By Jay Young
It doesn't take much time watching ESPN to figure out that a significant portion of the channel's coverage is monotonous, self-recycling entertainment news masquerading as sports journalism.
The analogy that I hear people use most often is that ESPN has gradually become the sports equivalent of TMZ, Hollywood's most notorious video tabloid.
The reason that media sources like TMZ are ridiculed without remorse is because they are the engines driving and profiting from America's out-of-control celebrity culture.
The tabloid pictures, headline-generating police reports and widespread mind-numbing celebrity news that our airwaves and Internet pages are flooded with can be traced back to companies like TMZ - and increasingly ESPN.
A great example of this toxic blend of news and entertainment is the recent scandal involving Ravens running back Ray Rice. The initial video showing Rice dragging his unconscious fiancee Janay Palmer from an elevator was released by TMZ.
From that point on, the story hit every newspaper from New York to Los Angeles and ESPN commenced their campaign to make the incident the only headline fit to run for the next 48 hours.
Within a few hours we had a perfect meld of tabloid entertainment and "sports news."
And Rice's public shaming is far from an isolated incident.
Tabloid garbage, cult-like celebrity worship and general gossip have become hallmarks of ESPN for some time.
Look no further than the overblown, manipulative coverage of Donald Sterling's fall from grace for more recent evidence.
Given these facts, you can imagine how shocked I was to hear longtime Around the Horn panelist Bob Ryan throw a wrench into the ESPN tabloid engine during Friday night's show.
Ryan, who has a long and impressive career as a sportswriter working in Boston, has always been a bit on the surly side.
He doesn't speak with the eloquence and the panache of many of his younger colleagues, but has a definite blue-collar appeal. He's not a guy who pulls many punches.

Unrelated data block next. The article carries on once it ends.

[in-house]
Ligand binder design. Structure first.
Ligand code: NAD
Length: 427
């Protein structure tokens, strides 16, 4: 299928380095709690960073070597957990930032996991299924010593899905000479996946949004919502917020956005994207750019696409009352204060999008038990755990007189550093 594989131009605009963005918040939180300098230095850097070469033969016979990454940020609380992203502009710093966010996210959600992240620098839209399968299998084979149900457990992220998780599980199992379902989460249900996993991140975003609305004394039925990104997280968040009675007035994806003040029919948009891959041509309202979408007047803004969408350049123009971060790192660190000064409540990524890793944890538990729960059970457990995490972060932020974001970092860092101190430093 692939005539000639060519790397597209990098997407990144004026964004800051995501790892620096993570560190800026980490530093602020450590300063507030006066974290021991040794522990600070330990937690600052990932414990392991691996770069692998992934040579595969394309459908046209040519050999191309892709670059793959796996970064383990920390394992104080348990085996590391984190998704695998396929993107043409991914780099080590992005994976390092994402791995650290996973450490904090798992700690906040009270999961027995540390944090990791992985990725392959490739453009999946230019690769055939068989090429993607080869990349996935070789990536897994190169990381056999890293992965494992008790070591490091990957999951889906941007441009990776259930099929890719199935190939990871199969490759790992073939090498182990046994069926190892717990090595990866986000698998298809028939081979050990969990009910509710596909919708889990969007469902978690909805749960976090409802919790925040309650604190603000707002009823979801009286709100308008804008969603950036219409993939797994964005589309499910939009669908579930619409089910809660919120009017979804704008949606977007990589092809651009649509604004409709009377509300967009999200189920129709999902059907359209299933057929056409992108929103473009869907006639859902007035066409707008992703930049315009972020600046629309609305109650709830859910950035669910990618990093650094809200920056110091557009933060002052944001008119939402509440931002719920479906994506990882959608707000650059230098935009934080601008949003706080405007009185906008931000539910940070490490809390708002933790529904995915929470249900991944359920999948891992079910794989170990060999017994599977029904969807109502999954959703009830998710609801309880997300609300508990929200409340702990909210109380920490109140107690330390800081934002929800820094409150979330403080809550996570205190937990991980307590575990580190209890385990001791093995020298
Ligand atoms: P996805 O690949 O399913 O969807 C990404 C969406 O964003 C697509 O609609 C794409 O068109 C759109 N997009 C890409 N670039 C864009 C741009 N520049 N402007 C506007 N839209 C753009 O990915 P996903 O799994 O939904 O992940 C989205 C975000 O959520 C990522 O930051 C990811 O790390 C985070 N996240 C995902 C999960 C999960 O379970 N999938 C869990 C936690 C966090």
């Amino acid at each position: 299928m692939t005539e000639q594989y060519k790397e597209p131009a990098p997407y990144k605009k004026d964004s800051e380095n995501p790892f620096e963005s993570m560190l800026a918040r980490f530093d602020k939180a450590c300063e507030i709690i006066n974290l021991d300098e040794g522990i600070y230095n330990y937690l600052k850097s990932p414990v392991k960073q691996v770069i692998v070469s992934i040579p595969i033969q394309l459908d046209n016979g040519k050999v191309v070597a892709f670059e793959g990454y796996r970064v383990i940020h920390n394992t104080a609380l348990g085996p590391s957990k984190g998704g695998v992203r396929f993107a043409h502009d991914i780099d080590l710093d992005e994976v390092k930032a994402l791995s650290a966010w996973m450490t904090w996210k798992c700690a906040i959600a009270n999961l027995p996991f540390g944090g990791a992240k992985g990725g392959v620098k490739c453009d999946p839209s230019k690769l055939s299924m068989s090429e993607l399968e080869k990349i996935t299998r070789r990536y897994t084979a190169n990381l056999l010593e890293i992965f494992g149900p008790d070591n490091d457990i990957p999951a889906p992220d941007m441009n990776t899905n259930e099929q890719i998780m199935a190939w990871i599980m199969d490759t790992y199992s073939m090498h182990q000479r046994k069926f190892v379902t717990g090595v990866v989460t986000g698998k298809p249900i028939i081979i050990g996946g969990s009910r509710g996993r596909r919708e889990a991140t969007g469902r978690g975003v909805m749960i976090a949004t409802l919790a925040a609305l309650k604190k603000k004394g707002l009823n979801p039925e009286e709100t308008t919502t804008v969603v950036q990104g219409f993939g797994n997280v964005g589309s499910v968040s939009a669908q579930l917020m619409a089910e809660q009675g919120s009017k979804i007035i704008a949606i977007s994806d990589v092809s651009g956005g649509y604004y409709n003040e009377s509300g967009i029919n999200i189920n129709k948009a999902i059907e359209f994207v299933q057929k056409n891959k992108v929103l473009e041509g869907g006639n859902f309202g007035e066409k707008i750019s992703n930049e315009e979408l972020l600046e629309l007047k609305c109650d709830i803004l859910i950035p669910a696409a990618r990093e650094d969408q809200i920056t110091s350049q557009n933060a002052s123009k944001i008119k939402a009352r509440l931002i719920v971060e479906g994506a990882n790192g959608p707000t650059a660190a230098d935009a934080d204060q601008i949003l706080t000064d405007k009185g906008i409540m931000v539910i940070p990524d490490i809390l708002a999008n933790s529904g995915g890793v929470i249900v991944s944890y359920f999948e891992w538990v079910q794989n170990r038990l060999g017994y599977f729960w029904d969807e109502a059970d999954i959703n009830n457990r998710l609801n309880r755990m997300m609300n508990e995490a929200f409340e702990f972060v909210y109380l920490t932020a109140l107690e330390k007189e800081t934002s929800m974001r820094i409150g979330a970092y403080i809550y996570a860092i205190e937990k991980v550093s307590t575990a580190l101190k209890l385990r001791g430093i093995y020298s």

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So when a question was thrown to the panel concerning yet another non-issue concerning Johnny Manziel, you could almost see Ryan's face turn from it's usual deep ruby color to a sour purple.
The question - What do you all make of Johnny Football (and other unnamed rookies) showing up late to a five-minute team meeting?
While the other members of the panel were generally dismissive of the issue, throwing in their 2 cents that the Browns shouldn't care about tardiness from their rookie QB, Ryan was clearly downright angry.
"Oh come on, if it was anybody else!," Ryan grumbled into the camera, clearly disgusted that the question had even been thought up, let alone actually posed on a prime-time show.
Ryan spent all of his allotted time shaming the sportswriting community and his colleagues for making a question like that even possible.
This is just another ridiculous reason to mention Johnny Football, he cried.
Being from Boston, I can only imagine what a curmudgeon Ryan would have liked to say to the person asking that question if he had been anywhere but on national television.
My guess is that there may have been some words not safe for TV.
Following the outcry against ESPN's focus on entertainment and not news, interim host Pablo Torre conceded that indeed, "We are all guilty of letting this happen."
If you had been watching Around the Horn while doing something else, chances are you would not have paid much attention to Ryan's short speech - but it was important.
It became even more important following Torre's admittance to being a guilty party, which was nothing more than backpedaling.
Sure, most of the people on that panel including Torre have probably had a hand in blowing Manziel's indiscretions out of proportion and helping to establish his media-driven cult of personality.
But the chance to undo some of that damage, to inject a little honesty into the conversation, was sitting right at their fingertips. Each and everyone of them could have said exactly what Bob Ryan said - and surely a few of them wanted too.
But Ryan was the only one with the guts, or perhaps the short temper, to call ESPN out for their gross pandering.
If we had more sportswriters like him, who are sick and tired of watching tabloid videos and rumors garner all the attention, then we wouldn't have to deal with the incessant media frenzies that surround personalities like Lebron James, Manziel, Tiger Woods and Richard Sherman.